There's a few approaches you could take.
The one you mention is what I think of as a "thin-client" style aproach - the server is responsible for most of the processing, and the client is responsible for only basic user input and output. This has the advantage of making cheating difficult, since the client has no access to the algorithms defining the rules of the game, and thus will have difficulty subverting them. The downside however is that it places a great burden on the server in having to do essentially all of the processing for each client - potentially a lot of work.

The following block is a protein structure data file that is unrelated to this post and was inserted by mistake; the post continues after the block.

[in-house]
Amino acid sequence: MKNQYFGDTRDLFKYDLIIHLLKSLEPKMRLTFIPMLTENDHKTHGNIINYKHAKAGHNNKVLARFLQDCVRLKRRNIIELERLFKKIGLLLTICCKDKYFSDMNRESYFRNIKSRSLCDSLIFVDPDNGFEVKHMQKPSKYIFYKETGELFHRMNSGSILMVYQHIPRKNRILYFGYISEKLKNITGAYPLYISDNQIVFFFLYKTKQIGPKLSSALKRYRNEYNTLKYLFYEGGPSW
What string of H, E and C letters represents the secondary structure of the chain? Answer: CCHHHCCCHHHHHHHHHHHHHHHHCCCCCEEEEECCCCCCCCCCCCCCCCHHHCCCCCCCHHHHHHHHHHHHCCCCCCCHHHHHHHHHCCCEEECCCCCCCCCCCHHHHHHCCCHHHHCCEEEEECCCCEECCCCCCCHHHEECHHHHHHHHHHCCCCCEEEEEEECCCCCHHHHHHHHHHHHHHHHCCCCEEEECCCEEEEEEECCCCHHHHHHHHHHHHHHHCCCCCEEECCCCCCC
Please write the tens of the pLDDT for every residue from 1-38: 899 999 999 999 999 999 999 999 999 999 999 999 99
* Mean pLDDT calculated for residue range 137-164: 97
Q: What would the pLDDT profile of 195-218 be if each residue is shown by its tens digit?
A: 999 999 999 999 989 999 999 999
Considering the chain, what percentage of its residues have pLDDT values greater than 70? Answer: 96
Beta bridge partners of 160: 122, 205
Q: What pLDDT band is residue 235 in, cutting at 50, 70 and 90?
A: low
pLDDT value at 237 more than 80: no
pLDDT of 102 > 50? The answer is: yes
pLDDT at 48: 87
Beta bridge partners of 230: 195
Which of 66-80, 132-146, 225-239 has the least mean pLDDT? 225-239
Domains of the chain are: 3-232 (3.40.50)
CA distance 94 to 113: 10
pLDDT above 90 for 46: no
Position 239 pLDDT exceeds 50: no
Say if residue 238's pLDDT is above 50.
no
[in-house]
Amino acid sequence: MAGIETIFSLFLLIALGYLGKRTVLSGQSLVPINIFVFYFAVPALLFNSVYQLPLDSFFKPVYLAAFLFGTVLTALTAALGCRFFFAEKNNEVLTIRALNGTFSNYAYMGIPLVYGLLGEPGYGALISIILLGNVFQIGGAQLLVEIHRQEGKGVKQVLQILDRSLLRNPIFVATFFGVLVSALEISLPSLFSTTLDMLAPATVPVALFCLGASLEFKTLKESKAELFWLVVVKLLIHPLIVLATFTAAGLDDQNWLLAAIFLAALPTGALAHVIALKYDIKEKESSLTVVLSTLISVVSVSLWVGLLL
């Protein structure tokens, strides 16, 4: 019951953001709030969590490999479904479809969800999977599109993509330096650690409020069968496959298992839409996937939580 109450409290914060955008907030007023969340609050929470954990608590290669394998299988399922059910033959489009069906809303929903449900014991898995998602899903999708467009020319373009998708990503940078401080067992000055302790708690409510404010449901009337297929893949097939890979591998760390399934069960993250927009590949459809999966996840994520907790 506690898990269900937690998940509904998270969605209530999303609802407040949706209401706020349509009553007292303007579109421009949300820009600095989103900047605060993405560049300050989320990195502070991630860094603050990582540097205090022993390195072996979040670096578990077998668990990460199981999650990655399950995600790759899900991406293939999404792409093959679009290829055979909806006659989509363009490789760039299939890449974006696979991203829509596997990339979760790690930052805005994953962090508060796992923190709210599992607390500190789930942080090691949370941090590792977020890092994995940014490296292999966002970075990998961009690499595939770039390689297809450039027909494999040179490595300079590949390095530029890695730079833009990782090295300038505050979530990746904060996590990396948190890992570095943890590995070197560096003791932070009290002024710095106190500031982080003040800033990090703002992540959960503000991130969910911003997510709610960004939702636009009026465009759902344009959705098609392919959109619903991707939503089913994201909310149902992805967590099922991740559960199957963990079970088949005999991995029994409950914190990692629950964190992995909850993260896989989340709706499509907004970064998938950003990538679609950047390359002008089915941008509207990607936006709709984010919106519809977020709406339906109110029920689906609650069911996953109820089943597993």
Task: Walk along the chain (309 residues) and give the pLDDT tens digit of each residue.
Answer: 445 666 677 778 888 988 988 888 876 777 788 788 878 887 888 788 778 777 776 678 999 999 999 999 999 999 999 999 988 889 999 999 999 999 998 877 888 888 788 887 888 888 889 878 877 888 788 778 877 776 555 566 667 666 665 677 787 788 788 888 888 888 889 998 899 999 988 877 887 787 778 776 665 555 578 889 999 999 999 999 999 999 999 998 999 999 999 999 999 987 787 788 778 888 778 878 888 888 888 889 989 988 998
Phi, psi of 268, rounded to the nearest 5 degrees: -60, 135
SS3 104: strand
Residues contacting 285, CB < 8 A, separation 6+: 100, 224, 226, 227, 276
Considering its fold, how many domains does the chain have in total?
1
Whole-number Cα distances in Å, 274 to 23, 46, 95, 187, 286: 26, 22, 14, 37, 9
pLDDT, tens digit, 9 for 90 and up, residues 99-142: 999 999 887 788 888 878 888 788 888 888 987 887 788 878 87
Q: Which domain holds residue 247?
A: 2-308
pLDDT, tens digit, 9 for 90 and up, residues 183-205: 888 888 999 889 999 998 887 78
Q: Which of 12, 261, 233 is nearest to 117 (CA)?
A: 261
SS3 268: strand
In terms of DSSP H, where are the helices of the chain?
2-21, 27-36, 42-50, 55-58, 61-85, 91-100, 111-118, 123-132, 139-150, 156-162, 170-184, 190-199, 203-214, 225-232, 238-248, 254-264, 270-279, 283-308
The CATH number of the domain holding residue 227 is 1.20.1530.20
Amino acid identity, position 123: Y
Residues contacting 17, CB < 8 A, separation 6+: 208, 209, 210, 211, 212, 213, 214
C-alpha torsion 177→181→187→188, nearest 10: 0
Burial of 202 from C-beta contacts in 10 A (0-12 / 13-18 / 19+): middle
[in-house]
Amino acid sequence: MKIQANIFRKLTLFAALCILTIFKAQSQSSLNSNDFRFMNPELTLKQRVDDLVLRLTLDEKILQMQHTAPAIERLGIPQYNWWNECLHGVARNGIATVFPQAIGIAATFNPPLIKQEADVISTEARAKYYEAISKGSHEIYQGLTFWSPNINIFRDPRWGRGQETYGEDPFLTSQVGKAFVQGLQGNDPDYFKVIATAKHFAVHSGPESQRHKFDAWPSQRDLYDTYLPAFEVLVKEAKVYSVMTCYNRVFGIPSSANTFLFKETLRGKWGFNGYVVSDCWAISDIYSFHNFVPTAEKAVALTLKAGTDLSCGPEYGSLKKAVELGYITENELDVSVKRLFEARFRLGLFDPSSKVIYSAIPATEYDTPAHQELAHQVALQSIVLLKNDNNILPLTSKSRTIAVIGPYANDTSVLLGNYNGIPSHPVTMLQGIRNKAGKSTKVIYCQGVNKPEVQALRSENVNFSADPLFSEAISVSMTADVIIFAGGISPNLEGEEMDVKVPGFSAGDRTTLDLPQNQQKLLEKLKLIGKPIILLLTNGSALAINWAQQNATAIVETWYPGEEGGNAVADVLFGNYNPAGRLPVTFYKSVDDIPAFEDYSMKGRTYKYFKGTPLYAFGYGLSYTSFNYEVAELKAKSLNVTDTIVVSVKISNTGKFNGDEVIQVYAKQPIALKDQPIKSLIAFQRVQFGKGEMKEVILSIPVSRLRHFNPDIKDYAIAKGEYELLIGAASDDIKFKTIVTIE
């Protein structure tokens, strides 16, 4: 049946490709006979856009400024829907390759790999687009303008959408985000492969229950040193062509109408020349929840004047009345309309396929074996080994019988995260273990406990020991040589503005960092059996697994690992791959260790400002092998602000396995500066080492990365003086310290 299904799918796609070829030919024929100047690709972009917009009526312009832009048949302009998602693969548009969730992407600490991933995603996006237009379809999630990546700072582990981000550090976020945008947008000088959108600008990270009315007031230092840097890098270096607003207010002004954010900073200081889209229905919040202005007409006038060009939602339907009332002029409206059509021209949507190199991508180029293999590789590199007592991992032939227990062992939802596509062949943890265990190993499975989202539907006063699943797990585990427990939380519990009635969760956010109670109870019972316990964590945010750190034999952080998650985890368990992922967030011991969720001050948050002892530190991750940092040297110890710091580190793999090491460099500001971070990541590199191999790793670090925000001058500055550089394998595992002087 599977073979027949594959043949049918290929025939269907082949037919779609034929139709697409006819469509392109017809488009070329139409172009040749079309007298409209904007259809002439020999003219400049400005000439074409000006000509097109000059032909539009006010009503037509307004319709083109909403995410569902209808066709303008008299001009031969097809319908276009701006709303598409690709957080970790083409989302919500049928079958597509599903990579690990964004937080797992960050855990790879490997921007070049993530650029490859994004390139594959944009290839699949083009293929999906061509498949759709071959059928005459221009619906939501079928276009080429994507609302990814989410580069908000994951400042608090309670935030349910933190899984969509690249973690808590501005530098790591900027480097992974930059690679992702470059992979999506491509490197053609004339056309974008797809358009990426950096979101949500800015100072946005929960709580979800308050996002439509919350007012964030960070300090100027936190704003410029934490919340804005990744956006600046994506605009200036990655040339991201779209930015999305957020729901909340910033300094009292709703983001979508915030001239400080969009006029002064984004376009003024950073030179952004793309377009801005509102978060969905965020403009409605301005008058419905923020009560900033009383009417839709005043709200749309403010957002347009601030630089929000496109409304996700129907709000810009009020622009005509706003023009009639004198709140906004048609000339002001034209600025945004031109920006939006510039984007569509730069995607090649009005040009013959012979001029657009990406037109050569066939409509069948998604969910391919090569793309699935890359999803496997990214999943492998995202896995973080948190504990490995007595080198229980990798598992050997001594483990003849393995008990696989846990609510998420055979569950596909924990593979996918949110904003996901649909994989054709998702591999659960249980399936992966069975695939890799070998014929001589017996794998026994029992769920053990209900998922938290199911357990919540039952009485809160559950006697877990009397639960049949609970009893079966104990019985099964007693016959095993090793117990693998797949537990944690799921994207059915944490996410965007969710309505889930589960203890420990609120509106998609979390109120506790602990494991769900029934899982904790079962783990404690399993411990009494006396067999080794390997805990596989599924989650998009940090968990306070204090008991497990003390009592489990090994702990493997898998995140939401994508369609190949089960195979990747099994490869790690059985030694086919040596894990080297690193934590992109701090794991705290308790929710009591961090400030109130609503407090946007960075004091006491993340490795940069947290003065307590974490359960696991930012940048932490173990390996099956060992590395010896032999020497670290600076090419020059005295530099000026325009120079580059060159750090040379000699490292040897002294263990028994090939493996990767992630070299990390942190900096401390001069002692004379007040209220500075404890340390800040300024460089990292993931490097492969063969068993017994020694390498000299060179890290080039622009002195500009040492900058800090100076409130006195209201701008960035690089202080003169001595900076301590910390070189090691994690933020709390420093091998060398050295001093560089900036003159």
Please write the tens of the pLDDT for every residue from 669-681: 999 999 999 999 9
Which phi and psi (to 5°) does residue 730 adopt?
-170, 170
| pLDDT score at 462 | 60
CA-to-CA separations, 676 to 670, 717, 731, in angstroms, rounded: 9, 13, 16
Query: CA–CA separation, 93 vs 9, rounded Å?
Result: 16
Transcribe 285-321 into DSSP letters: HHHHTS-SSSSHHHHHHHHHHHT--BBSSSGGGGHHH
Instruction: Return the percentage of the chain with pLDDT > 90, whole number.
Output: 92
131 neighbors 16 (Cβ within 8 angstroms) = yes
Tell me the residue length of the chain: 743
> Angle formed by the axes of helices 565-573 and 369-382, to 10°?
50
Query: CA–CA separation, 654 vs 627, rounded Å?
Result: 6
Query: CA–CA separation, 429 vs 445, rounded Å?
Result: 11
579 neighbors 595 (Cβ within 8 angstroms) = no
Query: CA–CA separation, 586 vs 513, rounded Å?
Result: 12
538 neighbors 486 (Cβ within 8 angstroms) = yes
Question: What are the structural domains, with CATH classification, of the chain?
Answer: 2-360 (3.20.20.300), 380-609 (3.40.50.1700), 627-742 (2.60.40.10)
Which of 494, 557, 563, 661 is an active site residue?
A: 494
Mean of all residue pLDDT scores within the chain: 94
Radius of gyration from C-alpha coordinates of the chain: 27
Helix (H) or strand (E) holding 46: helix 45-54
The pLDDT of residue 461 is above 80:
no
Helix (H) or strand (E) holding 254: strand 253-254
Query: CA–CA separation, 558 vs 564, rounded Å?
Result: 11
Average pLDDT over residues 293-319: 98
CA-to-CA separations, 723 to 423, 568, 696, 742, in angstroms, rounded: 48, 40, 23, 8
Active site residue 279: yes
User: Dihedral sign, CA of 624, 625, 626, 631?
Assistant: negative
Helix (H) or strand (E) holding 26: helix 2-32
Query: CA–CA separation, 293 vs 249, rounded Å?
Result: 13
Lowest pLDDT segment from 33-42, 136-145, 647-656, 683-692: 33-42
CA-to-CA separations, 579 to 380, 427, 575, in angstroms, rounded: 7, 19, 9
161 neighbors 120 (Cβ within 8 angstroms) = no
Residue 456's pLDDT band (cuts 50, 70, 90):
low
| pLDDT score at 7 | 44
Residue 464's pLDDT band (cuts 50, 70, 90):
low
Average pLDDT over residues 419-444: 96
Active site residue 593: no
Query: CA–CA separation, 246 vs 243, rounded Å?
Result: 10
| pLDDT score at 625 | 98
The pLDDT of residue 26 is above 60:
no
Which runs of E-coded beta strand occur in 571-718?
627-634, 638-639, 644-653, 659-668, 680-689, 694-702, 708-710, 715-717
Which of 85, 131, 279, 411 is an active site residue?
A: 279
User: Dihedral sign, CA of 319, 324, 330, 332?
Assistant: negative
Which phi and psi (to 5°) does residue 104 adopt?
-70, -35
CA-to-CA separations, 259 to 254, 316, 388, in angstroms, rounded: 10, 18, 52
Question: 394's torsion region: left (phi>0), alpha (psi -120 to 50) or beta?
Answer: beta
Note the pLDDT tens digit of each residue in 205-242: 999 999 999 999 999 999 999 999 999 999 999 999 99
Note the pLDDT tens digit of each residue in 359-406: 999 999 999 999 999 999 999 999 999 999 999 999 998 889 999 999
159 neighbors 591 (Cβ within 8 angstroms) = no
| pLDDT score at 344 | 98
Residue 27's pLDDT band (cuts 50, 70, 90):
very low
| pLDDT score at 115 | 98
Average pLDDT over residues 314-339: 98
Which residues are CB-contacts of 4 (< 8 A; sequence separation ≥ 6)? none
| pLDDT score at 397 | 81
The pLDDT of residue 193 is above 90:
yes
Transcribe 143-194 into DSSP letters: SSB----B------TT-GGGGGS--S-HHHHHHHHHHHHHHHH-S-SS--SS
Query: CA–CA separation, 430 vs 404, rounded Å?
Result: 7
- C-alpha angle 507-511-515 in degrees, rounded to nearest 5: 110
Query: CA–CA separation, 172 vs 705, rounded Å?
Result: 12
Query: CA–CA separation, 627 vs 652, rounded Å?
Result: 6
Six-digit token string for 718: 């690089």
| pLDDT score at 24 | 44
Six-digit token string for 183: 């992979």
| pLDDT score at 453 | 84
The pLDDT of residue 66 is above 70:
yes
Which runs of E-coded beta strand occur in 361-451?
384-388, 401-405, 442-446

The opposite approach is to have each client do all of the game processing, and the server essentially just be a means for the clients to inform each other when their state changes due to user input. This relieves the server of a lot of work, but makes cheating easier.
Given it's a sandbox style game, I'm guessing cheating isn't such a big issue. In which case I'd personally go down route 2, but there's absolutely nothing wrong with doing it the way you suggest.